TOURNAMENT UPDATE 18/07/2021: Congratulations to Collin Morikawa, who won the famous Claret Jug at Royal St George’s in what was his first British Open.
Morikawa shot a four-under 66 to finish at 15-under par for the tournament. The 24-year-old American was two strokes ahead of runner-up, countryman Jordan Spieth.
It was another near miss for South Africa’s Louis Oosthuizen, the leader heading into the final round.
Playing alongside Morikawa, Oosthuizen finished third at 11-under but was the only player in the top 15 to shoot over par in the fourth round.
The Open Championship - Final Scores
- Collin Morikawa -15
- Jordan Spieth -13
- Jon Rahm -11
- Louis Oosthuizen -11
- Dylan Frittelli -9
- Brooks Koepka -8
- Mackenzie Hughes -8
The Claret Jug is back up for grabs when the British Open Championship is played at Royal St George’s in England, July 15-18.
Here’s what’s happening in the final major of 2021.
THE DEFENDING CHAMPION
Irishman Shane Lowry has enjoyed an extended stint as the defending Open champion, having kept the famous Claret Jug for an extra year after last year’s Open was cancelled.
It’s fair to say he celebrated his win at Royal Portrush in 2019 with significant enthusiasm, which is more than reasonable after winning your first major on home soil.
But after a bit of a dry run following the victory, he’s again found some serious form.
Lowry finished fourth at the PGA Championship and has also logged top 10 results at The Players Championship and the Memorial Tournament.
If the Irishman can again produce his links golf mastery like he did at the 2019 Open, he will become the first player since countryman Padraig Harrington in 2007 and 2008 to win consecutive Open Championships.
Royal St George’s is the southernmost course on the Open roster and it will host the Open Championship for the 15 th time this year.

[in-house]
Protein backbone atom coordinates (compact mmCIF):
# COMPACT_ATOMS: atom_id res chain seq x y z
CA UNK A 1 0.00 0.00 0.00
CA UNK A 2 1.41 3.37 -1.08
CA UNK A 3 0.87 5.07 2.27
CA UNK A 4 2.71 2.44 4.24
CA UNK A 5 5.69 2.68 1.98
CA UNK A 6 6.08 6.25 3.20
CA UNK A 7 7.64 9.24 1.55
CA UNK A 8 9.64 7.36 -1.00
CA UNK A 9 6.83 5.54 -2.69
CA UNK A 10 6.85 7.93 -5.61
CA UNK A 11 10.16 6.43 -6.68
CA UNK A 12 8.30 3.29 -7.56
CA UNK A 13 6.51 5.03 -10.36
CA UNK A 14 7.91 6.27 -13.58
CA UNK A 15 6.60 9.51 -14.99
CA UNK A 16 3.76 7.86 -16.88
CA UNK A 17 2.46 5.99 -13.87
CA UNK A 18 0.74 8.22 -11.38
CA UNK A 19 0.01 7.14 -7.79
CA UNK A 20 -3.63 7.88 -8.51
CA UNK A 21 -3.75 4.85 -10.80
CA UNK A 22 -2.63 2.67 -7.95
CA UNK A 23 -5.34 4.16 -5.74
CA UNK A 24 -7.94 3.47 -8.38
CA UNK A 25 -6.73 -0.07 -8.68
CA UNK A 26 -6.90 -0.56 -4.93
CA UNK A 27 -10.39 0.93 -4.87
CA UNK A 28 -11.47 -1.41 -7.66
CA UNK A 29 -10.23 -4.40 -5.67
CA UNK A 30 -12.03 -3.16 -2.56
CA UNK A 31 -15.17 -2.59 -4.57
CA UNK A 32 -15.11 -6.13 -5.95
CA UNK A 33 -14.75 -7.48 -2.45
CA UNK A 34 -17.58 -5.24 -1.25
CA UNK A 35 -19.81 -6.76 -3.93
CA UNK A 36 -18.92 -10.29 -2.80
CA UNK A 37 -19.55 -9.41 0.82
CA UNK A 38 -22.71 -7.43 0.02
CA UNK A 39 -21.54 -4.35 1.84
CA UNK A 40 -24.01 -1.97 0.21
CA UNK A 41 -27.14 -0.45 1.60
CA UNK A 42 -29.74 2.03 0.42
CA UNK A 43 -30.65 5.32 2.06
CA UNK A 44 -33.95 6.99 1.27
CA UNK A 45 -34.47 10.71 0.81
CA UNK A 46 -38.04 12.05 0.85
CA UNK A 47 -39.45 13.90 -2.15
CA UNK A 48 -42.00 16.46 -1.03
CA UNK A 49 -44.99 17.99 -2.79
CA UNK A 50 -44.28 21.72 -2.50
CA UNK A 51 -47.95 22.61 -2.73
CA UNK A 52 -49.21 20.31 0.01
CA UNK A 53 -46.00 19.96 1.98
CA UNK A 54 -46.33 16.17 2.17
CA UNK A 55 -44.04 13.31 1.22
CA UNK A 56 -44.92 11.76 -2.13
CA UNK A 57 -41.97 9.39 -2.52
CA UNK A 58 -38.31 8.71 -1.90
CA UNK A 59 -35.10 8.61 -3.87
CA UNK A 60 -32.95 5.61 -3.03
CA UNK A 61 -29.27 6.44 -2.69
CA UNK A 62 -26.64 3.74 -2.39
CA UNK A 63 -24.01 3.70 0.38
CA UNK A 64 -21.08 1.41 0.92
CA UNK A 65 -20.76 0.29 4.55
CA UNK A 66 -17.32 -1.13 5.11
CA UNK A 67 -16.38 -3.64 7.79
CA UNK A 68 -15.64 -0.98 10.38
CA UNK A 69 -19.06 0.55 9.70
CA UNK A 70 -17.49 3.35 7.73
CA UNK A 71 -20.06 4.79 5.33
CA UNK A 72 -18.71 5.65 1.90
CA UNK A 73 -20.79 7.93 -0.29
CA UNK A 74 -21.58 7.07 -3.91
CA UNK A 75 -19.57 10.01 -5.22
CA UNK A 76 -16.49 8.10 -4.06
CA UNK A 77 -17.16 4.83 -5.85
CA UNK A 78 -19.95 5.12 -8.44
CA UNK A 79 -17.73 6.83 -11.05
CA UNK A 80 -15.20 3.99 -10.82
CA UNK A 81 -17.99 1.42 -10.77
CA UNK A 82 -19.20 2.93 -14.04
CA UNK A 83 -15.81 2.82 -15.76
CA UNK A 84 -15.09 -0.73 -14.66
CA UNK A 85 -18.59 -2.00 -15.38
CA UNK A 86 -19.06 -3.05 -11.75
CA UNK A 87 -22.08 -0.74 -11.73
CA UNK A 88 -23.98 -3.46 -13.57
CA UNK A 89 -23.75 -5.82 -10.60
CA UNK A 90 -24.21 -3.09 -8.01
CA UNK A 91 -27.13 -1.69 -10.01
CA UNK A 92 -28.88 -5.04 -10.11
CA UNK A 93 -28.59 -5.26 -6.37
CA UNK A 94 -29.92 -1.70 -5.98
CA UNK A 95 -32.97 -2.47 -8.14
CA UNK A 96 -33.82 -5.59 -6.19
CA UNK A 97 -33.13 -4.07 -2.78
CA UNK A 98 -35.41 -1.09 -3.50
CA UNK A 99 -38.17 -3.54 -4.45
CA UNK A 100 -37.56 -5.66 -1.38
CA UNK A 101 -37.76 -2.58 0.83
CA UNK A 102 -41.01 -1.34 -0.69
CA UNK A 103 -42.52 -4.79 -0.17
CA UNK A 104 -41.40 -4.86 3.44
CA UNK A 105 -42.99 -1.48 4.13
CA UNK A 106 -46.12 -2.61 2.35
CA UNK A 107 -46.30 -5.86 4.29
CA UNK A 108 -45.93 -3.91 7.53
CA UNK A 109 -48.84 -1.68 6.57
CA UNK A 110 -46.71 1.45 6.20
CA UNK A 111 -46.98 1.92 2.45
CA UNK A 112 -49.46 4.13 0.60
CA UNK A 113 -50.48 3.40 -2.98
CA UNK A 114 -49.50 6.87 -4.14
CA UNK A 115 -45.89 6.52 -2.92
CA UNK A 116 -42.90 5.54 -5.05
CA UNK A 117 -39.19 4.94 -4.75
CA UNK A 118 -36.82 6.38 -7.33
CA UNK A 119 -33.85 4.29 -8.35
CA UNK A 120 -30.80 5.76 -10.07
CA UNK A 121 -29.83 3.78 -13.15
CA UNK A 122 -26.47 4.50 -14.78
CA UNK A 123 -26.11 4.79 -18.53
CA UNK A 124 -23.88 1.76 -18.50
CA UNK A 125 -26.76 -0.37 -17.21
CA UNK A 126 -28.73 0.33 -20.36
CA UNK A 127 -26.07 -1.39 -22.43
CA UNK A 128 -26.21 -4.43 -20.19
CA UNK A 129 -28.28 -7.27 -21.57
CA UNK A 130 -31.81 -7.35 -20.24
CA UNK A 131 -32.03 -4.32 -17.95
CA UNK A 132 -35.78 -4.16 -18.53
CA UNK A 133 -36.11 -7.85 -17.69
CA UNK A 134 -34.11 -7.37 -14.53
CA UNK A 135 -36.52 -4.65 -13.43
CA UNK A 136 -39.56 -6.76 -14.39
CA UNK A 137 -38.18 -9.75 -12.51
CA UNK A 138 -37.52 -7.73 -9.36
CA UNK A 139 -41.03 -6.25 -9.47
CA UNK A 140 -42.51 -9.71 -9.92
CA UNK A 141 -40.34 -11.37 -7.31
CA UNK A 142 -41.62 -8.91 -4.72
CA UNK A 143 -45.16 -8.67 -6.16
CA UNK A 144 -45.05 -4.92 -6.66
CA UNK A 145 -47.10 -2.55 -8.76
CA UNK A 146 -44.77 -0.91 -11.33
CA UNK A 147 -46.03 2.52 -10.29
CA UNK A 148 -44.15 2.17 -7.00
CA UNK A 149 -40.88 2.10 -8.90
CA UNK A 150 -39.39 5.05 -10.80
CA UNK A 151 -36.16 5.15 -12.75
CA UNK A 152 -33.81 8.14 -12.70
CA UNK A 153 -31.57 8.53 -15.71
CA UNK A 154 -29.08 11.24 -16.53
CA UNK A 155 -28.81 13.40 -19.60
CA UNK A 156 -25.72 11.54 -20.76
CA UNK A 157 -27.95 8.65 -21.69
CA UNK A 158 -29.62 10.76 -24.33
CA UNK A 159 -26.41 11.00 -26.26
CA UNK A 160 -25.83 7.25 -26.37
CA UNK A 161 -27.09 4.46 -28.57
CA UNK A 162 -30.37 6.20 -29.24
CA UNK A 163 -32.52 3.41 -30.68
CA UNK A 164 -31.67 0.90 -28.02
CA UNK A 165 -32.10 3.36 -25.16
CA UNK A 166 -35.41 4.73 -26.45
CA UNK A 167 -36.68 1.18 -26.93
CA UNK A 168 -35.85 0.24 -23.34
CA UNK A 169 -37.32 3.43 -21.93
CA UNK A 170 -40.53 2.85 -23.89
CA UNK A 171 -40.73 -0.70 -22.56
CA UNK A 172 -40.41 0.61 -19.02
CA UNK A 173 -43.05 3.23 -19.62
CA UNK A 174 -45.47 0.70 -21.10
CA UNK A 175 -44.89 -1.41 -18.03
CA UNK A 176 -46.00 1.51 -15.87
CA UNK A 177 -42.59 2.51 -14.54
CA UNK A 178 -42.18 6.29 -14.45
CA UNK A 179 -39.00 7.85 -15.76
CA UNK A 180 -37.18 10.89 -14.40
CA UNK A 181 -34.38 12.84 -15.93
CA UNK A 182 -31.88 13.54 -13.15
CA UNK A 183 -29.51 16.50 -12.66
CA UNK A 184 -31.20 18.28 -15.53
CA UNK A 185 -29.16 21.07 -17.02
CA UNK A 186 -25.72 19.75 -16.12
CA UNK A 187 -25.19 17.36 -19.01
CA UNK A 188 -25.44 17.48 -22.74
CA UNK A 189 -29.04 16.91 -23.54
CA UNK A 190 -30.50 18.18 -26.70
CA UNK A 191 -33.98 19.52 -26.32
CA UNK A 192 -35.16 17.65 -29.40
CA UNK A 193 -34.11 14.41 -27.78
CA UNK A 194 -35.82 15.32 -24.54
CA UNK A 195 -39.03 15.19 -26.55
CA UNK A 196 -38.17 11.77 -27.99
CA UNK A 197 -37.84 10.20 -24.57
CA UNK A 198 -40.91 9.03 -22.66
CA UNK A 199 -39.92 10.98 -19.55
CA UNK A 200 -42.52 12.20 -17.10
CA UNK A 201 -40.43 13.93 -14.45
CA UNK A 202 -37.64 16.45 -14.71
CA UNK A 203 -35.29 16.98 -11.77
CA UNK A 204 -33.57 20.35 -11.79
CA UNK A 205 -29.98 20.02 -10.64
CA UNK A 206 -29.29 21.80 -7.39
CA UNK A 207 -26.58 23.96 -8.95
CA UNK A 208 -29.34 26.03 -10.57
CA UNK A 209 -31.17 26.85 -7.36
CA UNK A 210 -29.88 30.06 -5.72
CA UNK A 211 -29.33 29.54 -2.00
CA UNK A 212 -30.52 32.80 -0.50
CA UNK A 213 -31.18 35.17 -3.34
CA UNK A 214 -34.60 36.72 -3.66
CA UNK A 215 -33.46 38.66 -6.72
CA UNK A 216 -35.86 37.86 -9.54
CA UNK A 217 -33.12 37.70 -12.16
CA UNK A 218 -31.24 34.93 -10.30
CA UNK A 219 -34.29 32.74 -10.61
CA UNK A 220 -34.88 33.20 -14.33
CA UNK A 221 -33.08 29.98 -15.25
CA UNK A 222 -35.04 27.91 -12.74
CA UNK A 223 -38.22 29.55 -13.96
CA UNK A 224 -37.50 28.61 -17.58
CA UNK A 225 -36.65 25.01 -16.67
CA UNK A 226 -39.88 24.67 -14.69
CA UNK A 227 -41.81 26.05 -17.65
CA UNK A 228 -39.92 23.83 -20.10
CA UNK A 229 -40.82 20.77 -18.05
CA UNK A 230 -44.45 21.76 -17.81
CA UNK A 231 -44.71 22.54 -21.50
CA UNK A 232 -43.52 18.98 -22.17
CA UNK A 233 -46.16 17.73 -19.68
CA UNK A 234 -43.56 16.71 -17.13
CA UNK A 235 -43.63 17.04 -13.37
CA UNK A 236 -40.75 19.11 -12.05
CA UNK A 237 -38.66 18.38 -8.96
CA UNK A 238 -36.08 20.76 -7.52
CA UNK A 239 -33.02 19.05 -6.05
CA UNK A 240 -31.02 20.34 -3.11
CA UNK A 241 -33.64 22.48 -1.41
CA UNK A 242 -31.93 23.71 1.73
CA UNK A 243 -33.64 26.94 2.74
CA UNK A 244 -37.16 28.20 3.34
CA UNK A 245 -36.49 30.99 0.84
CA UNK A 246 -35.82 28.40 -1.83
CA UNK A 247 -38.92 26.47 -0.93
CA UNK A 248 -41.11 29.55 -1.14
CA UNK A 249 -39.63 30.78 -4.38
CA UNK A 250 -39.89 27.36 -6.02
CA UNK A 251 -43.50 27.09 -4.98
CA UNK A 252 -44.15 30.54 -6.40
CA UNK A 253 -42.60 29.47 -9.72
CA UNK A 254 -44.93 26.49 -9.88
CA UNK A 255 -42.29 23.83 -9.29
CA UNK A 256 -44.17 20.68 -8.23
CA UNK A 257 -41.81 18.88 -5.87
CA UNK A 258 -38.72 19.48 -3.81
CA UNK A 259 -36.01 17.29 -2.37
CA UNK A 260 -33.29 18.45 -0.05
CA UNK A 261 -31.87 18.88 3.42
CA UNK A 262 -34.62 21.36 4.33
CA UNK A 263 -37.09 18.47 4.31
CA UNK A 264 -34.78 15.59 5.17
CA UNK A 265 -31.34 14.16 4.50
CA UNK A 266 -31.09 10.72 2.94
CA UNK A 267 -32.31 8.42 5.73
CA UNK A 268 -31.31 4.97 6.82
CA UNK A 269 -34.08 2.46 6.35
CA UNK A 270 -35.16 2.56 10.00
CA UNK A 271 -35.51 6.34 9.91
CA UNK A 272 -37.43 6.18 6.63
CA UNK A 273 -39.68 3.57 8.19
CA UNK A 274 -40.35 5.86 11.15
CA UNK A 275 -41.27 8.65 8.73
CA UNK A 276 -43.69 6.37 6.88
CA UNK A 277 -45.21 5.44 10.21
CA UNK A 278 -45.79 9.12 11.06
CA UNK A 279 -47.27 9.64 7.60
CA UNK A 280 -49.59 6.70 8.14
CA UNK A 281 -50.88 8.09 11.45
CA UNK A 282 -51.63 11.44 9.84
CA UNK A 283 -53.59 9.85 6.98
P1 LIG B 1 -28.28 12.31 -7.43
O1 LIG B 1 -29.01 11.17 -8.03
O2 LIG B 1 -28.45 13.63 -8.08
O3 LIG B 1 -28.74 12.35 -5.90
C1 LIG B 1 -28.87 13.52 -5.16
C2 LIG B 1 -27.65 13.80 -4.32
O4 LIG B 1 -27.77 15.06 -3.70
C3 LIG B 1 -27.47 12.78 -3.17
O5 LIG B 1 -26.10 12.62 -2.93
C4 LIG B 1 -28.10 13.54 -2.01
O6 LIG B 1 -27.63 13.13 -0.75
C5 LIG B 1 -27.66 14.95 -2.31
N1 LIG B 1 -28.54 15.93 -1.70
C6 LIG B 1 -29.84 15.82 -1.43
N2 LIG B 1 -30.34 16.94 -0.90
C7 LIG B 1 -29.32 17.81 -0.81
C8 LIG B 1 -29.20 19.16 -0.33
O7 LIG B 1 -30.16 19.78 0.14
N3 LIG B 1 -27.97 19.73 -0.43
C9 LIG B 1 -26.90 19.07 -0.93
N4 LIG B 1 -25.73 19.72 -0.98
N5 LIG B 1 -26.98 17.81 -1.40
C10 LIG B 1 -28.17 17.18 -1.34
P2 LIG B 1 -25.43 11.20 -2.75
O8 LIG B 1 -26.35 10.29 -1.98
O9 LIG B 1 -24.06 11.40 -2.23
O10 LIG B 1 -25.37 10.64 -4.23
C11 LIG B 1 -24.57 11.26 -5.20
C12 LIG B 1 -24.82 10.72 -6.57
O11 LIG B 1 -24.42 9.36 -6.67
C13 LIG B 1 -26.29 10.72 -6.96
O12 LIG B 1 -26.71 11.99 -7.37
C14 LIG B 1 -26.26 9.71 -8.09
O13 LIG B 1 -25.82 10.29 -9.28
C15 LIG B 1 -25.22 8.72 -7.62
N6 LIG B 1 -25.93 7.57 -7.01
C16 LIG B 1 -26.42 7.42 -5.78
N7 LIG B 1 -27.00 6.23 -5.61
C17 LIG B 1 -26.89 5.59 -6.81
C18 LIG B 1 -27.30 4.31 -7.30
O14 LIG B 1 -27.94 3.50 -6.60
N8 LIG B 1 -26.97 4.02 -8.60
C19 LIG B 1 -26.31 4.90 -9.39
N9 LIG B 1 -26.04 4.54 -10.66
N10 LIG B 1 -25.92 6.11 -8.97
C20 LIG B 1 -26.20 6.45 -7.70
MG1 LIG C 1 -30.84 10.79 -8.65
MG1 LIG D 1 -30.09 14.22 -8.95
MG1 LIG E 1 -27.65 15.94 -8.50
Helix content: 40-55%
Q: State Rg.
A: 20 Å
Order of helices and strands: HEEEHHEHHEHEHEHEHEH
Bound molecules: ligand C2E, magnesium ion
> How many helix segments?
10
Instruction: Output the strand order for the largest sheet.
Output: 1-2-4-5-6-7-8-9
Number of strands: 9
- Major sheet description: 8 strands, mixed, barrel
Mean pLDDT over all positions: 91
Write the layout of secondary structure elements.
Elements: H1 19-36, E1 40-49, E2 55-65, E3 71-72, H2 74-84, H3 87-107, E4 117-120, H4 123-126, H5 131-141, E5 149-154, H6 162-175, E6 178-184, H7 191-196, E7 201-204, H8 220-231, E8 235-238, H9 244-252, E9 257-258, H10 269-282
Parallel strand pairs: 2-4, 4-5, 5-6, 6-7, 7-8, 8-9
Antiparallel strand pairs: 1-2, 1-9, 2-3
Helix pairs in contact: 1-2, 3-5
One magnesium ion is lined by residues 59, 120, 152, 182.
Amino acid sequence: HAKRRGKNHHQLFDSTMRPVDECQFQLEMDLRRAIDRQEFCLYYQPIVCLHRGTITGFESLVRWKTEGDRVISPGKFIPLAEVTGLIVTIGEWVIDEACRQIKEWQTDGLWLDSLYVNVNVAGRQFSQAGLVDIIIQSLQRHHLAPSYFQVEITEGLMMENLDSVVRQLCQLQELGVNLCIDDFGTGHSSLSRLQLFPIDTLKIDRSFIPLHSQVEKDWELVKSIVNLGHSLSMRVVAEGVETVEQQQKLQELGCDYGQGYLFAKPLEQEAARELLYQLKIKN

Built in the dunes of Sandwich, near Kent, the course abuts the English Channel and like every links course, the wind blowing in off the sea is the course’s main defence.
And depending on how the English summer pans out, it could also get firm, fast, brown and fiery to make life very difficult for the world’s top golfers this year.
Scoring has traditionally been tough, with Greg Norman’s 13-under total in 1993 the only winning score better than five-under in the last five Opens held at the course.
It is expected to play at just over 7200 yards this year and the last time the course held the Open, Darren Clarke broke through to claim his first major at the age of 42.
While Clarke’s was a universally popular win in 2011, the 2003 Open at Royal St George’s in remembered more for the man who lost it.
Denmark’s Thomas Bjorn was on track to win but found the right greenside bunker on the 16 th, from which he twice blasted out of the sand only to see his ball roll off the green and back in the bunker.
It gifted American Ben Curtis the Claret Jug in 2003 and Bjorn would rue his best chance to claim a major.
BRYSON'S BIG CHANCE
With nine holes to go at the US Open at Torrey Pine, Bryson Dechambeau was exactly where most pundits thought he’d be – in possession of the lead and poised to win his second-straight US Open.
But golf has a funny way of messing with the script.
Bryson refused to call it a meltdown but clearly, things just didn’t go his way – there were errant tees shots, a shank from a plugged lie, and a quadruple bogey that ultimately killed off Bryson’s chances.